I grew up on a secluded farm with a trout creek. No neighbors aside from the neighbors who own the ranch. They gave my brother and I free reign here. No competition for ducks, quail and trout. It’s the kind of place where you can play shotgun golf naked with your girlfriend and a spotlight at 3AM and nobody is going to be offended because those that would take offense to such pagan rites are far out of sensory range. My christian folks still live there and I still cherish the place like marrow. (Don’t worry, naked firing squads are only on special occasions, like when the folks are on vacation.)
|The old homestead.
I’ve long delved into how this type of upbringing has shaped me:
Selfish, self-reliant, intolerant of intrusion, and a vast appreciation for the natural order.
It’s give and take. And I wouldn’t take any of it back for the world.
I’ve gotten better about sharing over the years, but that suffices to say I’ve had the truest taste of freedom at my disposal for my entire life and going to hunt and fish public lands has always left a sour taste in my mouth.
Trash, traffic, dog trails to every holding spot, trucks parked in your long planned spot, guides parked in prime holes for an entire day flipping bugs for pasty overdressed gapers – I need not go on if you’re reading this blog because you undoubtedly know what the fuck I’m talking about.
You know what? All of these rich fucks who buy up the prime sporting tracts and put up signs attempting to deter you from entering their pristine untouched outdoor versions of their trophy wives may be on to something.
Although they never touch either of the above in any sort of memorable way they do preserve the lands of milk and honey for the rest of us… that is if they kick the bucket and/or you have no qualms about poaching the lands of a vacation home.
Then again, there isn’t enough to go around and I’m going to hold my assumption that you’re in my tax bracket and you don’t have the money to buy a double wide meth palace let alone an expansive tract of derelict farm or mountain rangeland.
So with the prerequisite out of the way I present my case for the last bastion of the upland cult:
I’m not talking about those of you pay to play boys and girls that have those disgusting youtube videos of your “guide” putting his Danner to a spun out wing tucked farm chukar in the middle of some corn stubble in the midwest. (I love you guys too, as you’ll see below)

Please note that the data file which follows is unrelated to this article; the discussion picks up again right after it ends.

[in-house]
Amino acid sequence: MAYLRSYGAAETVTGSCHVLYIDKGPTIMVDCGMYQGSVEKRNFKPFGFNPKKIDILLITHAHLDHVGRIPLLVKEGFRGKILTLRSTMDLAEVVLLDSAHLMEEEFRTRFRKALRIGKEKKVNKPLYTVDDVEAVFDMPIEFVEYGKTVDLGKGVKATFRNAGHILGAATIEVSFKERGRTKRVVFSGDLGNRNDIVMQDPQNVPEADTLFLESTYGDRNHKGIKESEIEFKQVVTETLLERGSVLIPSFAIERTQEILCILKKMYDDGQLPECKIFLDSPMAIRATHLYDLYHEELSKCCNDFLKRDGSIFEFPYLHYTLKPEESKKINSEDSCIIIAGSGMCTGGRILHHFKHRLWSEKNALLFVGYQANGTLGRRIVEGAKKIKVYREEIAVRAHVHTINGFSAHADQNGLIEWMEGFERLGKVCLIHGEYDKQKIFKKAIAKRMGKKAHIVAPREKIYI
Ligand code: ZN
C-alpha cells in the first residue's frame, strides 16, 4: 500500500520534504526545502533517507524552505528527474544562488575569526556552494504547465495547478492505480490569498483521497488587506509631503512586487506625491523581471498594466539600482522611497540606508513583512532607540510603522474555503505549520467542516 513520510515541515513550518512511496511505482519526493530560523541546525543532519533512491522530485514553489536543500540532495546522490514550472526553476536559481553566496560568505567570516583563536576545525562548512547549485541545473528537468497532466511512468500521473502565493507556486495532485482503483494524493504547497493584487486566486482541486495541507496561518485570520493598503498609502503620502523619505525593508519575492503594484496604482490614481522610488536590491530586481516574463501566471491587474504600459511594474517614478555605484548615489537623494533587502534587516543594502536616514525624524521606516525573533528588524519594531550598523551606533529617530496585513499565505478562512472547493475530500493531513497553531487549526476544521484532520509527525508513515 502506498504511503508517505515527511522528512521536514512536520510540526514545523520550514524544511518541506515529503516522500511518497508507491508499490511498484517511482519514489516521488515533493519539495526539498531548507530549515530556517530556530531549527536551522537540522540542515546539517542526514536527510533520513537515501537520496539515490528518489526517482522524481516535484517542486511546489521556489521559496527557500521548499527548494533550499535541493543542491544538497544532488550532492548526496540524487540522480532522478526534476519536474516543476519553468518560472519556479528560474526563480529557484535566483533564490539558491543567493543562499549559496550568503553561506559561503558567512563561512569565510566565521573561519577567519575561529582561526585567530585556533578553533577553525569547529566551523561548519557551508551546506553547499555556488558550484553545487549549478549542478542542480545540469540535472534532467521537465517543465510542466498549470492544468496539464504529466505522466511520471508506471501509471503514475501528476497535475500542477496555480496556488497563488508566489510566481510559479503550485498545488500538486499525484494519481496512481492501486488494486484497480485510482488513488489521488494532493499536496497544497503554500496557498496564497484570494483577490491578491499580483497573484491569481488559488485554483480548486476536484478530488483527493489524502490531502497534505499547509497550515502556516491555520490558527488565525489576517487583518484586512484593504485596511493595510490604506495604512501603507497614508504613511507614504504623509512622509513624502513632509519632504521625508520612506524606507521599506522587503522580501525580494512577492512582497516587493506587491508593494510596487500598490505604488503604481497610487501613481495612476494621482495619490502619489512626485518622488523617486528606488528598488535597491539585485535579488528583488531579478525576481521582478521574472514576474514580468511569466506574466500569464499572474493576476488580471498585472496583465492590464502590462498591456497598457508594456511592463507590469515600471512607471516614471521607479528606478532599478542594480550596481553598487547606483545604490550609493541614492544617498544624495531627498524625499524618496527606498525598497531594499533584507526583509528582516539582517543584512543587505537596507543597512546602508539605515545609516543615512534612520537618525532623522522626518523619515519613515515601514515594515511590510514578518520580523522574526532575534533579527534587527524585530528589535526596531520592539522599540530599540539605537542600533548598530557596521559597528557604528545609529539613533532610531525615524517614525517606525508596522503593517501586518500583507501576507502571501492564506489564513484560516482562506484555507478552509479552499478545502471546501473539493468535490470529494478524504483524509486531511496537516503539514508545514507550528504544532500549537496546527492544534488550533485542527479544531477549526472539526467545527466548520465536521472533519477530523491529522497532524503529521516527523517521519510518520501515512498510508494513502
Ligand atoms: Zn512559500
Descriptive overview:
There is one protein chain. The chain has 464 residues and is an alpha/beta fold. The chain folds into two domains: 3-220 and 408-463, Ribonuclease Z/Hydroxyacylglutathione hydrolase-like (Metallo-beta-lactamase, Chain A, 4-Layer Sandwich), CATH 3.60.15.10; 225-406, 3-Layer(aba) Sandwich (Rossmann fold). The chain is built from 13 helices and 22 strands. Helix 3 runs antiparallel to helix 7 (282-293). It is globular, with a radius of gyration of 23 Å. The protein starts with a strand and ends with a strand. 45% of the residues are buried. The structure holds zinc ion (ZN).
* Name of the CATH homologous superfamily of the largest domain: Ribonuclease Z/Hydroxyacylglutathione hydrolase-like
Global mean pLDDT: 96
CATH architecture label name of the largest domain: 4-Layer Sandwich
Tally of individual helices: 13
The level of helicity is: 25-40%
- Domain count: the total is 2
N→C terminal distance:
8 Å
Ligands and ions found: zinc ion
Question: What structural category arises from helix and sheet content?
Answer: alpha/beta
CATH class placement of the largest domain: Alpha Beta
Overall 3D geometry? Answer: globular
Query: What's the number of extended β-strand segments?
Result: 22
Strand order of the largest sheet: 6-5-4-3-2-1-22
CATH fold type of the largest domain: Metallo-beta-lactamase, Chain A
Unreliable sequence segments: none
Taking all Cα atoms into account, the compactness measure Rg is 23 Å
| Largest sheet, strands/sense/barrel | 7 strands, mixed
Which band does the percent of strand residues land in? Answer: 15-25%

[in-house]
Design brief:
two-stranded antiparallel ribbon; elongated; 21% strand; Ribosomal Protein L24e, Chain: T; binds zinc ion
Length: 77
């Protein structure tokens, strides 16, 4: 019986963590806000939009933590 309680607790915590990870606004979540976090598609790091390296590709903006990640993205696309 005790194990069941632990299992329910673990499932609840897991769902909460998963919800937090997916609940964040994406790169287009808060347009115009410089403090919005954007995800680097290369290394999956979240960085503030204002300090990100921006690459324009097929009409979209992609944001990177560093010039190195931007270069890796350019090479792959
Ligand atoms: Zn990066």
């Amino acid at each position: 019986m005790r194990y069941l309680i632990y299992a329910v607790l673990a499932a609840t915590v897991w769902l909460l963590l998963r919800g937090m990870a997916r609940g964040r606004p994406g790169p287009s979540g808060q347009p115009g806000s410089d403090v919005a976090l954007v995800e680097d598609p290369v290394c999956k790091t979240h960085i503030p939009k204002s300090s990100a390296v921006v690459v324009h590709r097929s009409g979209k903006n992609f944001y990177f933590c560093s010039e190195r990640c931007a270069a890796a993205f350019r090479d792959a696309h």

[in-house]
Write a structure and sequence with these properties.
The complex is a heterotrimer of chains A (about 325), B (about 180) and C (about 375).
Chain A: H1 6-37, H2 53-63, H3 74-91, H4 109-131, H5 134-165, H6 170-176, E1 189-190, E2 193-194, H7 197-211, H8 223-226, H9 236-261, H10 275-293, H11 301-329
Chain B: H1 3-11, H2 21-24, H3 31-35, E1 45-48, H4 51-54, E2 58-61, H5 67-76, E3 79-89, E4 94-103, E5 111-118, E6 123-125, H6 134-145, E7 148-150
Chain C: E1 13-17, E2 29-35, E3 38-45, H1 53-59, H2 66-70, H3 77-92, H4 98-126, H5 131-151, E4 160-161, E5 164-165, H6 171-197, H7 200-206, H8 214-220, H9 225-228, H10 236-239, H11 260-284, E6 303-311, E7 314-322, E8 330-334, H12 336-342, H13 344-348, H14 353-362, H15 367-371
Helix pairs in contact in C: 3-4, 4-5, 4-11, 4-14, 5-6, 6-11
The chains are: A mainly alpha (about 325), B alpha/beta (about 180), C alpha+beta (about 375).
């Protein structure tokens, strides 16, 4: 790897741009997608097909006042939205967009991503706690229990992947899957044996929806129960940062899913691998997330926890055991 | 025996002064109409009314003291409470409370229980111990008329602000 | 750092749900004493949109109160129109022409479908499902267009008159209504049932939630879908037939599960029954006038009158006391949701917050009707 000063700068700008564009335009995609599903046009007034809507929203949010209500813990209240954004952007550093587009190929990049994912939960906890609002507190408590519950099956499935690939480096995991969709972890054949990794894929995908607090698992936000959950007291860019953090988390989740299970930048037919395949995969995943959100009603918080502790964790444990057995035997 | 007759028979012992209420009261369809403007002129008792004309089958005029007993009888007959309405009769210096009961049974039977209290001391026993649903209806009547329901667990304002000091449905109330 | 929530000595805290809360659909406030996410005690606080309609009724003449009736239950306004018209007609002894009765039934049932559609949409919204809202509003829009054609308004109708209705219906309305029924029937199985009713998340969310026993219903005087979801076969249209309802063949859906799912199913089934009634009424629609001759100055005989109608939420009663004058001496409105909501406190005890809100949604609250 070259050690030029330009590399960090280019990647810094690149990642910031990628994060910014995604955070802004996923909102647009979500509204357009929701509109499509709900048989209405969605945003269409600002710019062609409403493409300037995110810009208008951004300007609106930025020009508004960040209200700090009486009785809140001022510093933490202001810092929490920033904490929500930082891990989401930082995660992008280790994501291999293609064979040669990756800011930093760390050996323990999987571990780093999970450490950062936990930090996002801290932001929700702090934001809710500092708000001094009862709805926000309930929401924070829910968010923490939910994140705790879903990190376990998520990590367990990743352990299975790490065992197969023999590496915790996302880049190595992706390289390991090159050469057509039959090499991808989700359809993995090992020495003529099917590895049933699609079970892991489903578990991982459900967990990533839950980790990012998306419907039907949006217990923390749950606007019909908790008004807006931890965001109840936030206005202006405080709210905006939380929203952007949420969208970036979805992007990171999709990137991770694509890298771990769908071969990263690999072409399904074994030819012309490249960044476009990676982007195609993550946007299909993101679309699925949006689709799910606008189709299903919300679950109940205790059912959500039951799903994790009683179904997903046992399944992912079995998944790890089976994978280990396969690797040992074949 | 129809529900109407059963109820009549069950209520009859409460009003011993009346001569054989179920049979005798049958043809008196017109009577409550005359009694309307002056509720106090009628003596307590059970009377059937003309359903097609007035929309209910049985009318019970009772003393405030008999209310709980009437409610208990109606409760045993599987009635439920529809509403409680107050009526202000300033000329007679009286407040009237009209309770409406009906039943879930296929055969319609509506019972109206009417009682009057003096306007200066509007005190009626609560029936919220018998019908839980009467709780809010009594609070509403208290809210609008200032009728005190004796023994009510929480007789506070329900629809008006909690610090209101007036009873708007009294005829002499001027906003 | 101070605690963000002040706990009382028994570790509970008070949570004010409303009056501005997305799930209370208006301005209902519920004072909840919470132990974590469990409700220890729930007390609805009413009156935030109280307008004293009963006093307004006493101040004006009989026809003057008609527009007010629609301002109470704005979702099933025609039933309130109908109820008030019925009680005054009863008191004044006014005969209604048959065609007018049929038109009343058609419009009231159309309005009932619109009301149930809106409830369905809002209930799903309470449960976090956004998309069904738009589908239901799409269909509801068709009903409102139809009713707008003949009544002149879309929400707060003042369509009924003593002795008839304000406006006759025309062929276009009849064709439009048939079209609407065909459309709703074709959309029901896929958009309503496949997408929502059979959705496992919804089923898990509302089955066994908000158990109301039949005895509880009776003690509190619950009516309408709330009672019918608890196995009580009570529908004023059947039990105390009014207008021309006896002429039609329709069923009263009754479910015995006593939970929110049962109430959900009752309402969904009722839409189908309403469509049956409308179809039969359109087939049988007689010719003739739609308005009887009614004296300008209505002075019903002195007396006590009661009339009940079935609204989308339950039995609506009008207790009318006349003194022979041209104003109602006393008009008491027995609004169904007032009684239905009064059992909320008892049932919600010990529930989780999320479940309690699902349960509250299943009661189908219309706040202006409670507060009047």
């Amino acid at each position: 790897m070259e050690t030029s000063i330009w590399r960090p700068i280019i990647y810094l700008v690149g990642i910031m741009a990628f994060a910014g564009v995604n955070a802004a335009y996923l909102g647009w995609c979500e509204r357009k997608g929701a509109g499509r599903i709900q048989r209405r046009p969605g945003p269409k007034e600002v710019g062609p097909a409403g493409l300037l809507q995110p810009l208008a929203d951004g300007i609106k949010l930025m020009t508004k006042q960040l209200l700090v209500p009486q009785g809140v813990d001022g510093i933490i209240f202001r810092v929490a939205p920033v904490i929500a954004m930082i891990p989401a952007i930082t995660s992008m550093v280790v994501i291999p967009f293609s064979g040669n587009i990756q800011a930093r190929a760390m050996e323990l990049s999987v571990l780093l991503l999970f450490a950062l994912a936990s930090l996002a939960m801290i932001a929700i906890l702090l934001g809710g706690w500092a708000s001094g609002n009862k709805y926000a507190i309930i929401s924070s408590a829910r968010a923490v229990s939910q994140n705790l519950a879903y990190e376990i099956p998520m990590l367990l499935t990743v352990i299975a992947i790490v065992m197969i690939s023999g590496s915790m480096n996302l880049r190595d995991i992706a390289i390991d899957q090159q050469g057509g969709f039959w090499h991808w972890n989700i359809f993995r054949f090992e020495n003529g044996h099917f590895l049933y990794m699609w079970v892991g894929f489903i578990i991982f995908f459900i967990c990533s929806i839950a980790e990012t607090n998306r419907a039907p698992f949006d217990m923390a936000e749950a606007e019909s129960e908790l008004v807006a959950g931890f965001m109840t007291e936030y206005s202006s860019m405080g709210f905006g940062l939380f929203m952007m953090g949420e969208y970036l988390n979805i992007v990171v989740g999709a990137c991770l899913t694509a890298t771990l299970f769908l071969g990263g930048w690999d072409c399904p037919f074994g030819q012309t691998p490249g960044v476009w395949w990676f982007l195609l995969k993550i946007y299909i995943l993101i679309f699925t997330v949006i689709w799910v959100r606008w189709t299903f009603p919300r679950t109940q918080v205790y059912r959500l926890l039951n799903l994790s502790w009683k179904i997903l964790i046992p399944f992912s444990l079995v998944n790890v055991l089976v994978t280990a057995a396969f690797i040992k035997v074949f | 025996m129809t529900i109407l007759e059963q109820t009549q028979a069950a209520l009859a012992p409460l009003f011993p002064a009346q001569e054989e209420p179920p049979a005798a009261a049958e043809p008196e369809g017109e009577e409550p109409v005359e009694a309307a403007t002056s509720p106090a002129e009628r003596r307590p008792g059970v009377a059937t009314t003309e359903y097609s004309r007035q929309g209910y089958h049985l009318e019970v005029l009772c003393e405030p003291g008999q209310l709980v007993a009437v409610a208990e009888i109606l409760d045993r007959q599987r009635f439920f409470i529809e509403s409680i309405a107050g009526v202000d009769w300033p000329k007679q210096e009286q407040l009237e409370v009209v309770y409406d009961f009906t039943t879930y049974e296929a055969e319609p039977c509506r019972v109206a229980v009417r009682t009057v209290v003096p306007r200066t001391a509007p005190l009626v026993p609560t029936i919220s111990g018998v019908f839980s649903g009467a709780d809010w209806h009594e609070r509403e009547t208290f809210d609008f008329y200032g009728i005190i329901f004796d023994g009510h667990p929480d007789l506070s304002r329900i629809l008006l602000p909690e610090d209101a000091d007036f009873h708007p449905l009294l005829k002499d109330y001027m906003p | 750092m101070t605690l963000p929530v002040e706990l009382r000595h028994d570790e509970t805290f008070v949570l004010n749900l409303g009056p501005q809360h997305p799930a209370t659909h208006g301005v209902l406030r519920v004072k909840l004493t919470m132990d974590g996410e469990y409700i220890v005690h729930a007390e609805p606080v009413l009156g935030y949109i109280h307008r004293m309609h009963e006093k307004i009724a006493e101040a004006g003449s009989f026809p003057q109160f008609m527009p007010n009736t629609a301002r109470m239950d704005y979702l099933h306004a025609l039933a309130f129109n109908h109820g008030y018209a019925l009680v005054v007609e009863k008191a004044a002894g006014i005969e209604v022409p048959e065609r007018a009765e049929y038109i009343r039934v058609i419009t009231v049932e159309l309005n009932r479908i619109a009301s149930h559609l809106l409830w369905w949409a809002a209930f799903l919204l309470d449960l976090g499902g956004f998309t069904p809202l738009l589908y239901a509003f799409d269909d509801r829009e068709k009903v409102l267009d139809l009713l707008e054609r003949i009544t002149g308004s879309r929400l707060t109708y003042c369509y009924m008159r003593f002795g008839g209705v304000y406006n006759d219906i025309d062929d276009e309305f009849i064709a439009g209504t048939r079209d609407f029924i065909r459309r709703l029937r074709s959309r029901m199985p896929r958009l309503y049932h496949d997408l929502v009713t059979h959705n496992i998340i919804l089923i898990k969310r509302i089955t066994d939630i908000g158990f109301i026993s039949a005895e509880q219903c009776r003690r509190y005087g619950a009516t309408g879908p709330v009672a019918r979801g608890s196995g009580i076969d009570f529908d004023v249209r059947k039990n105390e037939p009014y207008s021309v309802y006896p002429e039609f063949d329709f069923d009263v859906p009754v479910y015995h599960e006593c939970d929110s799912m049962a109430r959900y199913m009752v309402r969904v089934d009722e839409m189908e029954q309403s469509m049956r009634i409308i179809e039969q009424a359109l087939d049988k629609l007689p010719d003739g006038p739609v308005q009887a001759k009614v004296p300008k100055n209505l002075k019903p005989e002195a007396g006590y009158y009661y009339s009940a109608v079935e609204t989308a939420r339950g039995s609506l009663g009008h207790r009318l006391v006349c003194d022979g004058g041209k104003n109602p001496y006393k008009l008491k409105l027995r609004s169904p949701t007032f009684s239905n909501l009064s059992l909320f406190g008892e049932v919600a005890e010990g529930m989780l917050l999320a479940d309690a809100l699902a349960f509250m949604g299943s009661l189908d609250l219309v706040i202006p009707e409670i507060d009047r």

I’m talking about this.
More square miles than you can cover in your life and 98% is open to the public. Wild chukar hunting in the Great Basin is the last frontier as far as upland hunting goes in the US. Sure it’s all been hunted at least once in the past but most of it so distant, desolate and foreboding that most people won’t hunt it twice. It’s a trek to get to these places if you live in the Big Empty, let alone if you live outside of it. And once you get there and face the searing heat, the bone shiver cold, the thousands of vertical feet you’ll traipse over the most unstable footing you can imagine and the toughness of the wild query, there’s no mystery on why so many of the people who do make it out here only hunt it once.
That’s why it is what it is.
Only the truly determined and foolhardy will do this with any kind of commitment. I think steelheaders are our kindred spirits. Plying all your energy into a losing proposition that gives minimal benefits in a maximum of time and energy spent.
Let’s be honest, when the apocalypse happens these things will be the first to go, but the people who have dedicated themselves to it will be the last.
This is appealing, no?
I don’t mean to gloat in the faces of my fellow wingshooters. I feel bad for you folks surrounded by private or pay to play land. I’m glad you’re continuing this tradition. Especially sticking it out like you do. I’m sure I wouldn’t have the tact to stick with it in such conditions.
Just don’t all rush out here at once.
And remember, it’s what you make of it.